Lebanon: Healthcare volunteers trained up to care for elderly in Palestinian camp
In spite of the soaring temperatures and electricity cuts in the Ain al-Hilweh camp for Palestinian refugees in south Lebanon, the Humanitarian Emergency Organisation is running a voluntary training course for healthcare assistants who will specialise in elderly care.
The training takes several months and organisers hope that it will contribute to providing a specialist nurse for assisting the elderly in each part of the camp, who will also be able to carry out rapid health intervention in emergencies.
Healthcare workers needed to save lives
The director of the organisation, Musa Musa, from the al-Nahr village in Akka district in Palestine, who is a resident of the camp, says to Al-Araby Al-Jadeed, The New Arab’s Arabic-language sister publication: “We have set up this important training course during very difficult and harsh circumstances: there is only one hour of electricity per day, and our use of electricity generators is extremely restricted due to dwindling fuel supplies in Lebanon.
"The training takes several months and organisers hope that it will contribute to providing a specialist nurse for assisting the elderly in each part of the camp, who will also be able to carry out rapid health intervention in emergencies"
"However, we are determined that these urgent first aid courses go ahead because there are not enough paramedics in the camp to administer to people’s needs when many suffer from poor health. We have also seen instances where people have made mistakes when treating the sick and injured. This is why we are committed to these courses despite the circumstances – raising the competence of healthcare workers in the camp is needed to save lives,” he adds.
"The current course focusses on care for the elderly because there is approximately one elderly person in every house and a lack of knowledge of how to care for them. Therefore we decided to integrate the first-aid course with specialist courses in care for the elderly”.
He adds that young people have volunteered from every neighbourhood in the camp "so that the course achieves the goal of providing a volunteer to carry out the tasks of the paramedic at any time and place, and learn how to treat the bedsores which the elderly suffer from as well as other afflictions.”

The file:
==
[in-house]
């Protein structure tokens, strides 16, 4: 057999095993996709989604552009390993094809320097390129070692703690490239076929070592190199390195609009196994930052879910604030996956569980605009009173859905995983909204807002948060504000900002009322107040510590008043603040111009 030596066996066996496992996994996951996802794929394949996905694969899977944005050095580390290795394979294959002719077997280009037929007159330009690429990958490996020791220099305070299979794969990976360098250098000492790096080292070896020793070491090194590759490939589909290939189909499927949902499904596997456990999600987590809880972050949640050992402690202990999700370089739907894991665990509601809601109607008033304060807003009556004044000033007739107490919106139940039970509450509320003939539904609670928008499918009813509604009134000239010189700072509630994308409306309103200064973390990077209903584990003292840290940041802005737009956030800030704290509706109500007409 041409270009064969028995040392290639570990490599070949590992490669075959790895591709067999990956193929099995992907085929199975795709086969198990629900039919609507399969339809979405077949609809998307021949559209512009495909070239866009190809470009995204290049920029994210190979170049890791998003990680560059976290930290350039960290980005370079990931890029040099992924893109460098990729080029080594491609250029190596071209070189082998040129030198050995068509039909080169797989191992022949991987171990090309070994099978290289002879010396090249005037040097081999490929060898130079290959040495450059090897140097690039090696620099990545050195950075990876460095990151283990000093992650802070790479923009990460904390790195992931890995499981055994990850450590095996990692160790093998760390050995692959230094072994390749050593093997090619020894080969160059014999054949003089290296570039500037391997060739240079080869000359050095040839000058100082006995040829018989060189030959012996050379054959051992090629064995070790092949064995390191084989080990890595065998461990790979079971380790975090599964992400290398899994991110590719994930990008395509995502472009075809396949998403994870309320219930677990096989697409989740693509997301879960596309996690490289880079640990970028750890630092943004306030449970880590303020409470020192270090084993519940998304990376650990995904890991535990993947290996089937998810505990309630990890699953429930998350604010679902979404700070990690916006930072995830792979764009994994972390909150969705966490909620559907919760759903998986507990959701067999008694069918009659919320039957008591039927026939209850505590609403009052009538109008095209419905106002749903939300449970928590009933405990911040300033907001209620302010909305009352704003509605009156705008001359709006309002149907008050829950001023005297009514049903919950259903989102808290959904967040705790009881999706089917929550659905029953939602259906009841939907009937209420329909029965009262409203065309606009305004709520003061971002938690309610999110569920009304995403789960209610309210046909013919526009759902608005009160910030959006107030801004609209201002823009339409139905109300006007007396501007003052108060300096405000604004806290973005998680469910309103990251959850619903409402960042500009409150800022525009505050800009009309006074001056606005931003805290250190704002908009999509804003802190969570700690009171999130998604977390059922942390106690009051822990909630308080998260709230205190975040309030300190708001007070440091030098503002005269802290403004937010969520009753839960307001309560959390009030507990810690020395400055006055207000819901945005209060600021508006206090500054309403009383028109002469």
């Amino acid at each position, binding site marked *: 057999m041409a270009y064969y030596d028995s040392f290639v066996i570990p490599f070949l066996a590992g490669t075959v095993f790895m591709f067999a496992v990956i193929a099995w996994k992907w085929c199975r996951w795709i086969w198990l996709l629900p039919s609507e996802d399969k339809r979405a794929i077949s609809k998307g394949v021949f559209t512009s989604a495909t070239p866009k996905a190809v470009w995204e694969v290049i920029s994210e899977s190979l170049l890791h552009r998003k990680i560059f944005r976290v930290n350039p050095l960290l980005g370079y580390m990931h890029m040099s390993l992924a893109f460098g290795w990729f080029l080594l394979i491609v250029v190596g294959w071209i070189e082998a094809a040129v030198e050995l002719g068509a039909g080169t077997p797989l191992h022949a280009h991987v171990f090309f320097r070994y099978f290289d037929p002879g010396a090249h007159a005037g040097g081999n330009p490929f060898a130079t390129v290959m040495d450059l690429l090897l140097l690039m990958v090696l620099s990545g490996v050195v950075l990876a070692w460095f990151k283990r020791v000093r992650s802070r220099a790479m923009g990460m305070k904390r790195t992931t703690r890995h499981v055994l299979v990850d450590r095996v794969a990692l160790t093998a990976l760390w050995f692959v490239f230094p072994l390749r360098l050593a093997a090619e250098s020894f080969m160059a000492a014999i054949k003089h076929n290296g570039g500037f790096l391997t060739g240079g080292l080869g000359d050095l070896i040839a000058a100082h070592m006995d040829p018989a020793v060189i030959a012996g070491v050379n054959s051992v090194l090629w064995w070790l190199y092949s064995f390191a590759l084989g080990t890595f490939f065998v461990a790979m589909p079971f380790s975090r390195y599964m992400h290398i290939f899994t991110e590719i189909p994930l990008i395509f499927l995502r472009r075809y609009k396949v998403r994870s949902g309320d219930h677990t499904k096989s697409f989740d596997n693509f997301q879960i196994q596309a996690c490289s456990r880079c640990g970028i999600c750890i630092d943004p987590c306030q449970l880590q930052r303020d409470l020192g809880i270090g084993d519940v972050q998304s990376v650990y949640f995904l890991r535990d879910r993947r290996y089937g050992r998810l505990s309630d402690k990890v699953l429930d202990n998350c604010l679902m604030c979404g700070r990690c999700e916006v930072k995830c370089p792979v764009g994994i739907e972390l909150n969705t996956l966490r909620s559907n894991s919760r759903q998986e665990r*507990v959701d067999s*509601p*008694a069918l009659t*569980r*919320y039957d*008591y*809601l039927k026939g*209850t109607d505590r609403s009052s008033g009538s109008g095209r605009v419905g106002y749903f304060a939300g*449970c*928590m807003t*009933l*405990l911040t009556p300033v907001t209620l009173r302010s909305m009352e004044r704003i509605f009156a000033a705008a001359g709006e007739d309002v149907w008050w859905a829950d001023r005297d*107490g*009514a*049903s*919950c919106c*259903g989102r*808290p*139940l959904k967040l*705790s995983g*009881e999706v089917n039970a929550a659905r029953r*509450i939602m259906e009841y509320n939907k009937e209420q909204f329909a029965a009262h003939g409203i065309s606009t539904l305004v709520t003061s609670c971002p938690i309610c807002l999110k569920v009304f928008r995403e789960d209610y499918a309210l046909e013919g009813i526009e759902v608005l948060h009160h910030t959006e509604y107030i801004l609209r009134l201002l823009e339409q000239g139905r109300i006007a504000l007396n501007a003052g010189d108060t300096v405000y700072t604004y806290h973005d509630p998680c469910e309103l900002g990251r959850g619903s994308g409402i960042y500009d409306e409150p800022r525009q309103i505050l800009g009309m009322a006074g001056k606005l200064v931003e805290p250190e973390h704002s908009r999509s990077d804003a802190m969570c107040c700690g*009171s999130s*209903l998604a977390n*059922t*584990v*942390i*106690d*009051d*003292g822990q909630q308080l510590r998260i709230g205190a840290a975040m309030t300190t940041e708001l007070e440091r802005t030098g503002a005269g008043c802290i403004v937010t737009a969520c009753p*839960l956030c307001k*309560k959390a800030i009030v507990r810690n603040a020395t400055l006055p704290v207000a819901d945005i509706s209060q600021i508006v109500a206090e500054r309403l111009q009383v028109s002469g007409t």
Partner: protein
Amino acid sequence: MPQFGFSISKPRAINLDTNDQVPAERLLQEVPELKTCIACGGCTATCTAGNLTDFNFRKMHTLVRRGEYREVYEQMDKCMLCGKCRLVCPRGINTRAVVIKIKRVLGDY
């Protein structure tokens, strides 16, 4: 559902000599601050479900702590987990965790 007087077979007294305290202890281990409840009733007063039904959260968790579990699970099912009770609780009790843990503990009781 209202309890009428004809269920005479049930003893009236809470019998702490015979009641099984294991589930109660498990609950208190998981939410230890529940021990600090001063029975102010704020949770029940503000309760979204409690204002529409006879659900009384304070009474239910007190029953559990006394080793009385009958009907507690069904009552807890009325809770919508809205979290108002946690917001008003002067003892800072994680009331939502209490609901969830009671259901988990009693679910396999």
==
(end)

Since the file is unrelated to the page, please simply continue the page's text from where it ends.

Musa emphasises his resolve to continue the training programme whatever happens.
“We don’t receive any funding for this work but people trust us. The teacher is a volunteer and does not receive any payment – this is about community health and service to the community, in terms of the health of the community, because it is necessary in light of the horrendous circumstances we are living through.”
A humanitarian service for those in need
Nora Hassan Ibrahim is one of those taking part in the course. Originally from Ghuwayr Abu Shusha in historic Palestine, she is a resident of Ain al-Hilweh where she lives with her children.
“I didn’t finish secondary school and trained as a beautician, which I still work as. But when I learned about the healthcare course, I decided to join it because I want to offer humanitarian service to my people who are in need, especially the elderly in the camp, as there are many of them and not enough healthcare assistants.”
She adds: “It is true that today we are living in difficult circumstances which mean that sometimes we have to train in the dark. I know the psychological pressures we are under are extreme, but this course gives me an aim to work towards which I am determined to do, even in these conditions.”
"One of my students is now able to take care of all the daily needs of her elderly neighbour whilst another can take the blood pressure of her neighbour and supervise her while she takes her medicines. Some of my students are now working with elderly people outside the camp, for a wage"
Run by volunteers
Volunteer trainer Akram Al-Siyah, from Al-Sumayriyya who lives in Ain al-Hilweh explains: “I work in Dar as-Salaam for the elderly (a specialist hospital) in Sharhabil in east Sidon. For nearly two years I have also trained nurses specialising in elderly care in several centres.
"Right now I am also teaching the course in Ain al-Hilweh for the first time because young people need to learn how to care for the elderly: they make up 20 percent of the population in the Palestinian refugee camps. They will then be able to provide treatment and care for them which is needed in the camps, which are considered an unfit and unsafe environment for the elderly in particular.”
He adds: “We teach students to deal with those who have certain conditions, bearing in mind that ambulance services to Ain al-Hilweh are not reliable. I am also working on a coursebook for trainees on how to deal with the elderly. One of my students is now able to take care of all the daily needs of her elderly neighbour whilst another can take the blood pressure of her neighbour and supervise her while she takes her medicines. Some of my students are now working with elderly people outside the camp, for a wage.”
He explains that the course is three months long and that the training sessions last two hours each and take place twice a week.
“At the moment we have no electricity or ventilation, but we put up with these conditions in order to teach the youth these skills.”
This is a translation from our Arabic edition. To read the original article click here.